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Scientific experts: Sugar intake ‘should be halved’

A committee of scientists has advised the government to halve the current recommended daily intake of sugar.

Nutrition experts say no more than 5% of daily calories should come from added sugar – about seven teaspoons.

Most people consume at least twice this limit.

The government has said it will accept the recommendations and will use them to develop its national strategy on childhood obesity, which is due out later this year.

The Scientific Advisory Committee on Nutrition (SACN), which advises Public Health England and other government agencies on nutrition, wants the recommended daily intake of sugar to be halved to reduce obesity risk and improve dental health.

Prof Ian Macdonald, chair of the working group of the committee, said: “The evidence is stark – too much sugar is harmful to health and we all need to cut back.

“The clear and consistent link between a high-sugar diet and conditions like obesity and type 2 diabetes is the wake-up call we need to rethink our diet.

“Cut down on sugars, increase fibre and we’ll all have a better chance of living longer, healthier lives.”

Free sugars

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The guidelines, which apply from the age of two, are in line with new World Health Organization proposals.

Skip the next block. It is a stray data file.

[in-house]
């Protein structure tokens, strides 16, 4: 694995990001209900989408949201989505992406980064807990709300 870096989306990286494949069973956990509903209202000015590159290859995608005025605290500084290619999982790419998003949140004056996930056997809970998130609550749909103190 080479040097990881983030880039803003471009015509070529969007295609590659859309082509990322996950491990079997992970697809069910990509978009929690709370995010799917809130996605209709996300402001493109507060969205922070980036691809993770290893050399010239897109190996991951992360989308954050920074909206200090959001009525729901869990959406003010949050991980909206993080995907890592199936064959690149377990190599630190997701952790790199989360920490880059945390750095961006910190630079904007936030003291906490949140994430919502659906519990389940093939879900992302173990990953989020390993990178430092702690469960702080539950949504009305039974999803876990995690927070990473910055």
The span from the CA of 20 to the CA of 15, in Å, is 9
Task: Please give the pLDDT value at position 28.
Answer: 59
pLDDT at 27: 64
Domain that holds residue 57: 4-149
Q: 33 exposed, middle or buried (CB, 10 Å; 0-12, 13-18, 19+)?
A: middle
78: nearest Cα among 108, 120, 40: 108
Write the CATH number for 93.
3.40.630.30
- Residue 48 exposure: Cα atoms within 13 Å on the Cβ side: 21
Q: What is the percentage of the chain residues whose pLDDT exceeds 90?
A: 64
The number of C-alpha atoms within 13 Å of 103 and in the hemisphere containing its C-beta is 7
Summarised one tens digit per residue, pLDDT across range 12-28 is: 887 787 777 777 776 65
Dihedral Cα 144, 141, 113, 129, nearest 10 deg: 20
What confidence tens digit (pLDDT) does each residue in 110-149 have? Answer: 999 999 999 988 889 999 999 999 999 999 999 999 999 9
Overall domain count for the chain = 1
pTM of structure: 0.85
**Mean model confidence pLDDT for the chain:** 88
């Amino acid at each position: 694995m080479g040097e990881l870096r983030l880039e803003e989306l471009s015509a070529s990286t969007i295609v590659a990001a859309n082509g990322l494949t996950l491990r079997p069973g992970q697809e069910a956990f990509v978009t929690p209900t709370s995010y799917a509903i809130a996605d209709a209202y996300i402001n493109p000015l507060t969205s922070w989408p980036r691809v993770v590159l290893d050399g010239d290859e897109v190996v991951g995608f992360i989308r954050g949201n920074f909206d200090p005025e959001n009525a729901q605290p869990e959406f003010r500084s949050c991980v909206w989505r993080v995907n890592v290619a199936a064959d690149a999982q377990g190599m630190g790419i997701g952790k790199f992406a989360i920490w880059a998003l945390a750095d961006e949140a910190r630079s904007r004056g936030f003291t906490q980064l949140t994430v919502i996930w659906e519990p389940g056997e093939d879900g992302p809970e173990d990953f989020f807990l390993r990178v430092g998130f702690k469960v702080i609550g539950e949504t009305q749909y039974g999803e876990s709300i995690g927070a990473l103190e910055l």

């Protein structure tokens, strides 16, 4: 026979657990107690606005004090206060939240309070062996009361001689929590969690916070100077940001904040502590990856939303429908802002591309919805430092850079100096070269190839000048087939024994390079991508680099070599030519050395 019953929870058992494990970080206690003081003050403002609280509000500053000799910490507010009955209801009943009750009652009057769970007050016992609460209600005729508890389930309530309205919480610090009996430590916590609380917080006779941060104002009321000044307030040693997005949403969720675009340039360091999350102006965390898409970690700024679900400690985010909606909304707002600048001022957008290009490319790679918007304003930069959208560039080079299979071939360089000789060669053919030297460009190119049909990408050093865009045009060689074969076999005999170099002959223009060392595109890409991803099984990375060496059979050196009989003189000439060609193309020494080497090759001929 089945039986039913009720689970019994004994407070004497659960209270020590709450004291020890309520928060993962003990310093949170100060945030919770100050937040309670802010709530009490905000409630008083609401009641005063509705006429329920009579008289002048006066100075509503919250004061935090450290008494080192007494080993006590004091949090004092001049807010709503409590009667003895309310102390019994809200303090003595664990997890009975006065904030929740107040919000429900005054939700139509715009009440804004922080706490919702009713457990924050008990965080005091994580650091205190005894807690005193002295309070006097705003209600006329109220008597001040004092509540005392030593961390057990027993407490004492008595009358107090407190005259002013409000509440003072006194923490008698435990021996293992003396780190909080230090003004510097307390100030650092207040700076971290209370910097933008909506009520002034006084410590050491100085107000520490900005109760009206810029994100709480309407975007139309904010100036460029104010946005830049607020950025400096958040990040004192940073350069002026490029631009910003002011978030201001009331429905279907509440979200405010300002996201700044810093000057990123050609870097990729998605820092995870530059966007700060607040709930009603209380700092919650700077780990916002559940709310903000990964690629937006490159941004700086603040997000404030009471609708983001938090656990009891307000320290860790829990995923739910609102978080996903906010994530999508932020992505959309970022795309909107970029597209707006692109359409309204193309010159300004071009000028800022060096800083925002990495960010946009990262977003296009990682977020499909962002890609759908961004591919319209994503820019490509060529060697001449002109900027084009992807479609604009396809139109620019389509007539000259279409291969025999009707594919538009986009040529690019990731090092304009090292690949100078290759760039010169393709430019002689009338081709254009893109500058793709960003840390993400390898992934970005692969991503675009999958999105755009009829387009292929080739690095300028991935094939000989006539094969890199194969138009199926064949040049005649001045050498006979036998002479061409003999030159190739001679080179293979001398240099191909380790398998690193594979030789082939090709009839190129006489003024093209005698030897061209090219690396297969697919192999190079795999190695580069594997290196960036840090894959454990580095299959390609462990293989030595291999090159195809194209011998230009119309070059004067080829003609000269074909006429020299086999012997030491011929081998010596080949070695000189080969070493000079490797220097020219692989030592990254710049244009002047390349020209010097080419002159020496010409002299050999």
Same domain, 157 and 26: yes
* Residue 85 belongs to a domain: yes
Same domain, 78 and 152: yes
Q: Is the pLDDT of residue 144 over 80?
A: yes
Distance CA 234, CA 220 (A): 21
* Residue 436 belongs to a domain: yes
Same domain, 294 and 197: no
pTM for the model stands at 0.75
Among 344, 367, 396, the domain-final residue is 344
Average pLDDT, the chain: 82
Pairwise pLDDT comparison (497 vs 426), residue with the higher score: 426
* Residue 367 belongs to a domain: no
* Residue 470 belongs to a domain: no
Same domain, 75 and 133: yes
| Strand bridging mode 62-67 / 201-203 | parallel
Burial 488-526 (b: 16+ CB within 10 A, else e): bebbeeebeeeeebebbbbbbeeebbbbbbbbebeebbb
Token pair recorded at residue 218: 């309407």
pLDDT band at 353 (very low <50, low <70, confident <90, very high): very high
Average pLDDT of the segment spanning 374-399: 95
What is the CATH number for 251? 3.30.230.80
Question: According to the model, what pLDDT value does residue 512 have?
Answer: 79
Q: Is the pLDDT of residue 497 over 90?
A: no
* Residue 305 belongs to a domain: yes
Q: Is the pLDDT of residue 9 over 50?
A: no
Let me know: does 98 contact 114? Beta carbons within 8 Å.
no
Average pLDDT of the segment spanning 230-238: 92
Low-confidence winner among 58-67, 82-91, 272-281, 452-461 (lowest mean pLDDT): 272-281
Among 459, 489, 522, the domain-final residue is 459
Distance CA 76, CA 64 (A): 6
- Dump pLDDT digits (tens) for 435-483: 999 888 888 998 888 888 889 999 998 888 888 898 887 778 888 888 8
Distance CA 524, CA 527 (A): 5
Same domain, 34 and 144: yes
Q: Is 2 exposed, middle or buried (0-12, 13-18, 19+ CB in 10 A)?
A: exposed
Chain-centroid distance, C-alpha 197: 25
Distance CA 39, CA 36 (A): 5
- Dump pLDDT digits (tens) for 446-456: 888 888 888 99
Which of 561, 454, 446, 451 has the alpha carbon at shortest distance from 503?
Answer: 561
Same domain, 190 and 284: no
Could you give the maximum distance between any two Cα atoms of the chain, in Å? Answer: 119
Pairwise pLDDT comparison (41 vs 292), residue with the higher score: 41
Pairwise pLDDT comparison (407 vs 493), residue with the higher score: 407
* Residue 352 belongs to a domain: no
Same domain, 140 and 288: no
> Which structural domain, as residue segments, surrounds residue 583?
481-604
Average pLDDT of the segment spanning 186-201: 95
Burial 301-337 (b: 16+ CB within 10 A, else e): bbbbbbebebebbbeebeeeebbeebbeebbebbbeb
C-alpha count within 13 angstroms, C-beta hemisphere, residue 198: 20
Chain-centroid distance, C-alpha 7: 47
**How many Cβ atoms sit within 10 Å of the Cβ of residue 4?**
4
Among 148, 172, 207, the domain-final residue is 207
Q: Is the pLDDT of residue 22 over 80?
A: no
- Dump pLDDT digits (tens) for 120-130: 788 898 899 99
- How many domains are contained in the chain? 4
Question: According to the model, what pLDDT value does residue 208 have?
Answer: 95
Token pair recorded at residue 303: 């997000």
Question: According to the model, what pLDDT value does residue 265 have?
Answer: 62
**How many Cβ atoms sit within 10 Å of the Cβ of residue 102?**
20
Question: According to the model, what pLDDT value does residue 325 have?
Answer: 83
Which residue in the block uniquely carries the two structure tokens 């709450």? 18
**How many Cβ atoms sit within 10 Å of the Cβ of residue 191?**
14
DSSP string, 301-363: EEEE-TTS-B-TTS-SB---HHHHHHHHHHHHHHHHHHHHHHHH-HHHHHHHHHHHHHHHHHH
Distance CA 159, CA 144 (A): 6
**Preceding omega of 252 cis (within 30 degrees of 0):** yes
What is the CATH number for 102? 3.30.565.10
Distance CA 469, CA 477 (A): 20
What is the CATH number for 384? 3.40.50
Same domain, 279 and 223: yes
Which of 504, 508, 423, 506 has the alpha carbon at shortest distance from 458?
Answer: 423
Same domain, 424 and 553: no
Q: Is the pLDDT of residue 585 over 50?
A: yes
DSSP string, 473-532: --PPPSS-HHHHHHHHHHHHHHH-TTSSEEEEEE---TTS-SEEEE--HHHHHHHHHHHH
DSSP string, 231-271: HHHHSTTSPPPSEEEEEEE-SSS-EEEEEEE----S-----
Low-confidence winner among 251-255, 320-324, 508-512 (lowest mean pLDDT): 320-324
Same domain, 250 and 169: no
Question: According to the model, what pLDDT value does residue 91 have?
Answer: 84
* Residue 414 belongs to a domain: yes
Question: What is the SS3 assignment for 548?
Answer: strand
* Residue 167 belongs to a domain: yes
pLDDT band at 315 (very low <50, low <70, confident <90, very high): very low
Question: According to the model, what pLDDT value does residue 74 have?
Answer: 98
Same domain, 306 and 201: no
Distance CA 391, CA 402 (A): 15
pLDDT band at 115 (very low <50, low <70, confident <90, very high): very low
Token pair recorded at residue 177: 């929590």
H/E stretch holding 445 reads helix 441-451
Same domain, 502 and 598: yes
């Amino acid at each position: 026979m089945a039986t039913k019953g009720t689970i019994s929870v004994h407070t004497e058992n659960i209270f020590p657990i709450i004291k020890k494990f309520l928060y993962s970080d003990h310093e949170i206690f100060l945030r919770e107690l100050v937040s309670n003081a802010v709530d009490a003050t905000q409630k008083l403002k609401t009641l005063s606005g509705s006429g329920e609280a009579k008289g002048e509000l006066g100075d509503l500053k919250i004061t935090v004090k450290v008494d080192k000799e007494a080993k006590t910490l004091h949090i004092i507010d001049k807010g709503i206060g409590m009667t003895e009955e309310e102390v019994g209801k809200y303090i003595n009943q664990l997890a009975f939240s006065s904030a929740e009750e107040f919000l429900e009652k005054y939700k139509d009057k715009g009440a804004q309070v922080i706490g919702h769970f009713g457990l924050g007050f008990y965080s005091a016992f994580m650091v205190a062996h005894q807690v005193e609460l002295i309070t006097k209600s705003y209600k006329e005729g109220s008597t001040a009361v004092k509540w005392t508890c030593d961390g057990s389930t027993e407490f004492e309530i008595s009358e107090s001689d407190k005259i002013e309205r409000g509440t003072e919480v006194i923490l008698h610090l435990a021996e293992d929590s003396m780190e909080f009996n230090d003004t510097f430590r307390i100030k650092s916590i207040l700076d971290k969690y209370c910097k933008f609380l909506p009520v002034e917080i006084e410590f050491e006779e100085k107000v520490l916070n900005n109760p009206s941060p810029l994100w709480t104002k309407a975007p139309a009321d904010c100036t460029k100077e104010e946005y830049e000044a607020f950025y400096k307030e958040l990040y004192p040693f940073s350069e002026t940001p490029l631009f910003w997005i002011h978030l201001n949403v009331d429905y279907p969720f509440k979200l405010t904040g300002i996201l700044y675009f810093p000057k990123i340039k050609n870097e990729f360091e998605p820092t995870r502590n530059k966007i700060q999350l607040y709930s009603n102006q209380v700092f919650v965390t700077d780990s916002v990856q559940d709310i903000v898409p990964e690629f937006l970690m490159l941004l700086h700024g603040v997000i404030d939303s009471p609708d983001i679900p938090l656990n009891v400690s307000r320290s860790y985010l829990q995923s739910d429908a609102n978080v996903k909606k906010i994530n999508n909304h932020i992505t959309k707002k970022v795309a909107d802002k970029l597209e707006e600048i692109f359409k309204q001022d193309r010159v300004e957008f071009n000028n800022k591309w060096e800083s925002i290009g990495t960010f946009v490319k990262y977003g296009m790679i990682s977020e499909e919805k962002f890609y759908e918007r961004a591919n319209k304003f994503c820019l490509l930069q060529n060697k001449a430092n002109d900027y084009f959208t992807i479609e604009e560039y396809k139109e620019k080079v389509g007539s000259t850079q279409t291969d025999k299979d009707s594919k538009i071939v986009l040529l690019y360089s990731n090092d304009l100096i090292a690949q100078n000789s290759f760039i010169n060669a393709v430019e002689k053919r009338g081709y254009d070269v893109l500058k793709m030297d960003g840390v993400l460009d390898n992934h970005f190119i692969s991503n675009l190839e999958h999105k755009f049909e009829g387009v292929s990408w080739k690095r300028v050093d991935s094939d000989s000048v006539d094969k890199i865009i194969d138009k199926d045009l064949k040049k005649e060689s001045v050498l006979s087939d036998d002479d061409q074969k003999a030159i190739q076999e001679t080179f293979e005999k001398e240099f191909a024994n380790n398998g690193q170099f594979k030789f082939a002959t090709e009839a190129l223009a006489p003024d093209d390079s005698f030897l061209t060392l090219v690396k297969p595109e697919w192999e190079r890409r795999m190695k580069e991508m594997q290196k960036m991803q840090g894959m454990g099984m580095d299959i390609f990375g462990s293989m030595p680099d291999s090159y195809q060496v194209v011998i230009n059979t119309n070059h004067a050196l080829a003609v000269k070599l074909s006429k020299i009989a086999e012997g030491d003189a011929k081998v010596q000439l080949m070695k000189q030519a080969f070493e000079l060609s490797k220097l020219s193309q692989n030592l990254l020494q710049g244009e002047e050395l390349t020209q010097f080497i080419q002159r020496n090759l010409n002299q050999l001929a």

Prof Judith Buttriss of the British Nutrition Foundation said the type of sugar targeted was known as free sugar – all the different types of sugar in the diet, excluding the sugars that are found naturally in fruit and milk.


“What the recommendations are saying is we’ve all got to cut down so we’re getting no more than 5% of our total from these free sugars,” she told the BBC Today Programme.

According to health experts, 5% of daily energy intake is the equivalent of 19g or five sugar cubes for children aged four to six, 24g or six sugar cubes for children aged seven to 10, or seven sugar cubes for those aged 11 and over, based on average diets.

The main sources of sugar in the diet are sweetened drinks and cereal, confectionery, fruit juice, and sugar added at the table.

A single can of fizzy drink contains about nine teaspoons of sugar.


The British Dental Association (BDA) has called on the government to take heed of the latest advice.

Tooth decay is the biggest cause of hospital admissions among young children.

Mick Armstrong, chairman of the BDA, said: “The government now has the evidence and a clear duty to send the strongest possible signal to the food industry that while added sugar might be helping their sales, it is hurting their customers.”

The food industry has said calories in household foods and drinks have been gradually lowered in recent years, including sugar reductions and changes to portion sizes.

The Food and Drink Federation described the goals set out in the report as “stretching”.

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Director general Ian Wright said: “The most thorough scientific review of carbohydrates and health carried out in recent years should leave people in no doubt that sugars can be enjoyed safely as part of a varied and balanced diet.”

He added: “Demonising any one ingredient in the obesity debate isn’t helpful.”


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